Beginning Thursday, February 27, Peder Lund will present works from the iconic Warhol Flowers series by the American artist Sturtevant (1924-2014). Sturtevant created one of the most interesting oeuvres in the 20th century. By following a unique approach that consisted of creating stunning repetitions of the artworks of her contemporaries and presenting them consciously as independent works, she questioned the foundations of our understanding of art and her oeuvre confronts us with a fundamental expansion to Duchamp’s concept of the readymade. The show includes 19 unique works from the 1970s that have never been shown in Scandinavia before.
While some of her repetitions were essentially exact copies of the artworks she chose to work with, others were recreated manually from memory. Through the artistry of Sturtevant’s detailed repetitions, the works she referred to can be easily identified, but their meaning was far from being a simple duplication, as her intention was never to create just a close resemblance, but to explore through her work topics such as authorship, authenticity, and originality. Issues that are of the highest relevance in our digital age, which is defined by the endless stream of images and their recombination.
Starting in the early 1960s, Sturtevant created in half a century an impressive body of work that challenged the viewer to look closely and think about the social and historical context of art. During her lifetime, Sturtevant’s work was met with much resistance and, similar to other great female artists, her oeuvre was only first truly given recognition in the last decades of her life. Sturtevant began her career in New York, where she studied at the Art Students League, an art school that has been historically known for its broad appeal to both amateurs and professional artists. Among the alumni of this school are many artists who became key figures of Abstract Expressionism and Pop Art, such as Cy Twombly, Roy Lichtenstein, and Robert Rauschenberg. This vibrant environment was an important source of inspiration for Sturtevant’s work and some of her fellow students became close friends and sometime collaborators.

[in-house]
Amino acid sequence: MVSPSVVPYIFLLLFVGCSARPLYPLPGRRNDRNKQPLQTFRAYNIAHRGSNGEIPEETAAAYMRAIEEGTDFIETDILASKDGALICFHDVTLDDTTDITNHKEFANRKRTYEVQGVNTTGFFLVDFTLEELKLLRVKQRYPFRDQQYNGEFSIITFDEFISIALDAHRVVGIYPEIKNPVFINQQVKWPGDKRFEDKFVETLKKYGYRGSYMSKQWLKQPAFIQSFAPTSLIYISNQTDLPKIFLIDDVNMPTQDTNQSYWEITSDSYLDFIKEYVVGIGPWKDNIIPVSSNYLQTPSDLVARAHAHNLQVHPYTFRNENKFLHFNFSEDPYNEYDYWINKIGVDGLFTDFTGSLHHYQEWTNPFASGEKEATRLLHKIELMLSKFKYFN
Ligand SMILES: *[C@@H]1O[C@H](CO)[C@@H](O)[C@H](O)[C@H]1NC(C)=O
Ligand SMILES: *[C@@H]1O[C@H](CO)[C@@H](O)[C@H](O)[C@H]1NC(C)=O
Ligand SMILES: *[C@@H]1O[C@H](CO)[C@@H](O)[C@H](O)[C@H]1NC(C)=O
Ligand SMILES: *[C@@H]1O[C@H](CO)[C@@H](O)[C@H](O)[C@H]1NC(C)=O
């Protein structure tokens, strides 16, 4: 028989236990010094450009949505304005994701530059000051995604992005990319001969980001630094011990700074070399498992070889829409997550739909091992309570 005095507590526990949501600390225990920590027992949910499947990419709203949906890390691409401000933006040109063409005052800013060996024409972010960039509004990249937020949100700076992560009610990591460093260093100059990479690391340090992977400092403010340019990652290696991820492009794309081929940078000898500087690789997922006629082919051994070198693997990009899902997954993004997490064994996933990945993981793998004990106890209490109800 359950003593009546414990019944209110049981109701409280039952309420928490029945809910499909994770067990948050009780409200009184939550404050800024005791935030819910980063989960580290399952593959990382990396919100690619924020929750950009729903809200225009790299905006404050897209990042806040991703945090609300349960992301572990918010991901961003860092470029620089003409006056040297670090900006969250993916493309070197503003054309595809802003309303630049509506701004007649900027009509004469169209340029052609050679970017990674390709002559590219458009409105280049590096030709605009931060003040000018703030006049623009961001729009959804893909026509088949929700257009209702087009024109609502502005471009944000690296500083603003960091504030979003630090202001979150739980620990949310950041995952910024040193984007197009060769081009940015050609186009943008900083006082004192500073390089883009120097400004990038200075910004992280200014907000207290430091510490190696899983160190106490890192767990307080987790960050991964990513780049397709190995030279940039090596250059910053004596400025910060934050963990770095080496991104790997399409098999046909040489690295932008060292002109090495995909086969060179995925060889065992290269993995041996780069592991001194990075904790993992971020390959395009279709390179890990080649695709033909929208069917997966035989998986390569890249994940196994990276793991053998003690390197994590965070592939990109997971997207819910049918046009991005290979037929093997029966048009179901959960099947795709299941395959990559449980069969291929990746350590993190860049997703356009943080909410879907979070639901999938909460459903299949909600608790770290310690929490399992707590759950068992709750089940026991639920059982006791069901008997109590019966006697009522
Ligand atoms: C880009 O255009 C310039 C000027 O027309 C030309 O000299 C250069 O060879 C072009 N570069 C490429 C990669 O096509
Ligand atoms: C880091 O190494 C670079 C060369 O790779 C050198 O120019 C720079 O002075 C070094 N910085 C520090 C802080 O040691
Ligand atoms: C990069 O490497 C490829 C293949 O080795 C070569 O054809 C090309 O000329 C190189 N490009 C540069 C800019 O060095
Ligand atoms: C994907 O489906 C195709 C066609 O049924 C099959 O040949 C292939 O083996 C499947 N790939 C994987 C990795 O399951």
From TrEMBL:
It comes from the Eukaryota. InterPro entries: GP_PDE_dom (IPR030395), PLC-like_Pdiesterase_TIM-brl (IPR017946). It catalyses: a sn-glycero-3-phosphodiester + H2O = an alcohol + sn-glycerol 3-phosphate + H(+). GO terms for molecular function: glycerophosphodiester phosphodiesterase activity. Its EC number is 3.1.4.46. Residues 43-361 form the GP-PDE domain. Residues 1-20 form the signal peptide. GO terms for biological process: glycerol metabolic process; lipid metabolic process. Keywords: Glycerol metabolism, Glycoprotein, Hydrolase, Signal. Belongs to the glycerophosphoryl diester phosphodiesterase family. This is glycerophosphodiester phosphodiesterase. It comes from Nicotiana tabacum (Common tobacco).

Born in Lakewood, Ohio in 1924 as Elaine Sturtevant, Sturtevant moved to New York in the early 1960s and decided to use only her last name as an artist name. Besides her artistic education, she earned a bachelor’s degree in psychology from the University of Iowa, followed by a master’s in the field from Teachers College of Columbia University. Later in her career, she held a professorship at MIT in Cambridge, Massachusetts. In 2014, Sturtevant died in Paris where she had lived since the beginning of the 1990s at the age of 89.
Works by Sturtevant are held by renowned public and private collections, including ARC, Paris; DAP, Paris; FRAC, Bretagne; MAMCO, Geneva, MOCA Los, Angeles; Moderna Museet, Stockholm; Musée d’Art Moderne de la ville de Paris; Museum für Moderne Kunst, Frankfurt; Museum of Modern Art, New York; Pinault Foundation; Secession, Vienna, Sintra Museum of Modern Art, Sintra; Stedelijk Museum, Amsterdam; Walker Art Center, Minneapolis; Weimar Neues Museum, Weimar; Whitney Museum of American Art, New York City, ZKM, Karlsruhe.